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result of covid. but you also see the president trying to pivot to more of an aggressive posture. the white house really has been on defense the last few weeks on these issues of the economy, but between the announcement he made yesterday about the fed chair keeping him, retaining jerome powell in that position, and what he's doing today with the strategic petroleum reserve, trying to be seen as acting and doing everything he can to address these concerns, the white house is trying to get back to sort of the mantra of the early days of this administration by taking action and action now. but it is unclear that there are issues the president still needs to address in the eyes of many voters, and that's a messaing challenge for this administration. but he ended with the point that because of the actions he has taken, the economy has recovered quicker than other countries, but it's clear that the concern of average americans, and this president always styled himself as a candidate, an office
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holder, someone who understood the kitchen table concerns he grew up with. that's why he thought he should make this message today and there are issues he is still trying to commend, katy. >> talk about how gas prices are only a small piece of this puzzle. a core piece that only you and i notice or that the family notices. typically for california, real high prices for clothing, food, toys for christmas and hanukkah. in october you had over a 6% jump in inflation, which is a really big and scary number for people and well above how much money people are making. biden is right that the economy is improving. we continue to add jobs.
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any politician from jimmy carter on down will tell you the worst situation you can be in is when prices rise. the president needs to come out and say, even if they're limited measures, i'm taking action. i understand particularly. quickly on the oil, it's 50 million gallons the u.s. is probably going to put in from strategic reserve. daily demand globally is over 100 million, so that's less than half of one day's oil. i wouldn't expect this to send prices down sharply or soon, but this is if r. >> so what's the point, then, ben? i know he's doing it with koord nigs -- if it is only a half-day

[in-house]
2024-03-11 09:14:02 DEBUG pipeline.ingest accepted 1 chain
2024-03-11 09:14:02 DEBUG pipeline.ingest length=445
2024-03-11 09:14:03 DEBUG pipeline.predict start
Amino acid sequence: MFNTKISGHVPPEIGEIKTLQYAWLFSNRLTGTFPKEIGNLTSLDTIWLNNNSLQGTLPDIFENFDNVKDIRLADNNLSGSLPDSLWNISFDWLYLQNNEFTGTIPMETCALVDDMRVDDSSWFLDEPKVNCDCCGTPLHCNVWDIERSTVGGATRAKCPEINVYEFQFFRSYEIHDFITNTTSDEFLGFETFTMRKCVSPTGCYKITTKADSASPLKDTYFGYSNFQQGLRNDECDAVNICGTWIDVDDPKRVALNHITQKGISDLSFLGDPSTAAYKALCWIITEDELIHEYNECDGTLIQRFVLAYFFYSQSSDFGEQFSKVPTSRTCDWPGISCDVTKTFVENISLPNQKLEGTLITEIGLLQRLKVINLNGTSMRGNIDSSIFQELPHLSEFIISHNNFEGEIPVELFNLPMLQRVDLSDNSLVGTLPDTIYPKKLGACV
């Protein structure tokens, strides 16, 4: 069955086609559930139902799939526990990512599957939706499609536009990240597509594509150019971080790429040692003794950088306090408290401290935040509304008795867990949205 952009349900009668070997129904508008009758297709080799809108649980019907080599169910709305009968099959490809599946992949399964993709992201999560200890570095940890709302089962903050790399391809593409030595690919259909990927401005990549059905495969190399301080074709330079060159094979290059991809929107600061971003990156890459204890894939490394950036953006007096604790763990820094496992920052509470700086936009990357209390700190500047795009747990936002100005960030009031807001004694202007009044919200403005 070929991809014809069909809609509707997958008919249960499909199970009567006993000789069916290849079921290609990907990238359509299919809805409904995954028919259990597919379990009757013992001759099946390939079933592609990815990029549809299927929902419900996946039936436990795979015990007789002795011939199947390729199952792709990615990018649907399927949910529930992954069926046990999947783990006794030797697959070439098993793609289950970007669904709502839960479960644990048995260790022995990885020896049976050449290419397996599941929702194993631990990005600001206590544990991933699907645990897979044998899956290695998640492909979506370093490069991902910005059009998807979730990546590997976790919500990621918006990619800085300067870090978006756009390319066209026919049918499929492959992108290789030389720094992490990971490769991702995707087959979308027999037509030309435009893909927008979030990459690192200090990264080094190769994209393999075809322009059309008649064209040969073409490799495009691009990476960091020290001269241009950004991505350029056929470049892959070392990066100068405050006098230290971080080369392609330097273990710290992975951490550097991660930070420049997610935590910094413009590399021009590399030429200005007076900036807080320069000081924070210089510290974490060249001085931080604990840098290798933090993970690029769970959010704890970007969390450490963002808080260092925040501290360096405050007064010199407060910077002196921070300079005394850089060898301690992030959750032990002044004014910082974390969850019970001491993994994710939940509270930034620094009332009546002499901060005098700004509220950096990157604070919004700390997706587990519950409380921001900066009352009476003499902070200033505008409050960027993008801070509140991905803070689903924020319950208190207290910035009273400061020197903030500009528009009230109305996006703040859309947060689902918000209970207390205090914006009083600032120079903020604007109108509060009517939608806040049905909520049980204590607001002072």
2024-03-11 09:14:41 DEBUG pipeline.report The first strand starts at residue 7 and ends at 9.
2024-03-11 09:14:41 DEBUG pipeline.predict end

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aemd. >> ber willing to work with other and we are with the nations who have not increased production to the extend that the u.s., china and others would like to see given how much demand there is in this economy. we are booming and opec hasn't responded. a little bit is just symbolic and trying to impress the oil producers. >> people want to get out of their house. they want to travel to see family members. a lot of them are doing it by car because it's frankly safer to get in the car with your immediate family than it is to get in a plane. yasmin, you are at a gas station. what is it like there? what are you hearing from folks? >> 40 million expected to travel
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by car. even with these gas prices, it appears the president will provide relief in the months ahead. it won't affect the immediate price of gas. $3.40 national average. that's up $1.25 from last year. if you have a toyota camry, for instance, katy, you're a family of four and you're traveling to see the grandparents. it's going to cost you $75 to fill up your tank. that's a heck of a lot of money. then you go to the shelves to buy a turkey, some food, wine or beer. despite the method the president is taking right now, people say it's too high. let's take a look at the folks i was speaking to at the gas station earlier today? >> i used to fill the tank with $30, now it takes $45. >> i usually don't have to work. i'm just a housekeeper.
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everything is going up, i really need a job. >> prices are through the roof, you know? pretty soon we'll have to have a beating if i'm going to drive. hang in there. >> reporter: i tell you, katy, anecdotally the owners of this gas station told us there are folks who come here every single day and put stickers with pictures of president biden saying, you did this. obviously a slipping in poll numbers for the president right now. some advice? plan early. $3.45 for unleaded fuel, that's about the national average. i'm throwing my kids in the car at 10:00 p.m. tonight with pajamas on. hopefully we can make it there without incident, but that tends to not happen.
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>> my kids hate the car. if it's a five-minute drive they hate it, if it's a five-hour drive, they hate it. i will be here anchoring tv. join me. ben, i know the bipartisan deal will help alleviate some things, but that's going to take some time. what can the president do now to make things go faster? >> i think they're doing most of the things they can, pulling the levers on semiconductors which was a big piece of the slowdown on autos. we've seen some improvement in that. they worked to alleviate some of these port delays, particularly in the west coast and asia. there's just not a lot they can do. we need more people back at work, we need the economy to recover faster from covid and for supply to catch up with demand. that, unfortunately, takes some time. but i think they've had some success with what they tried to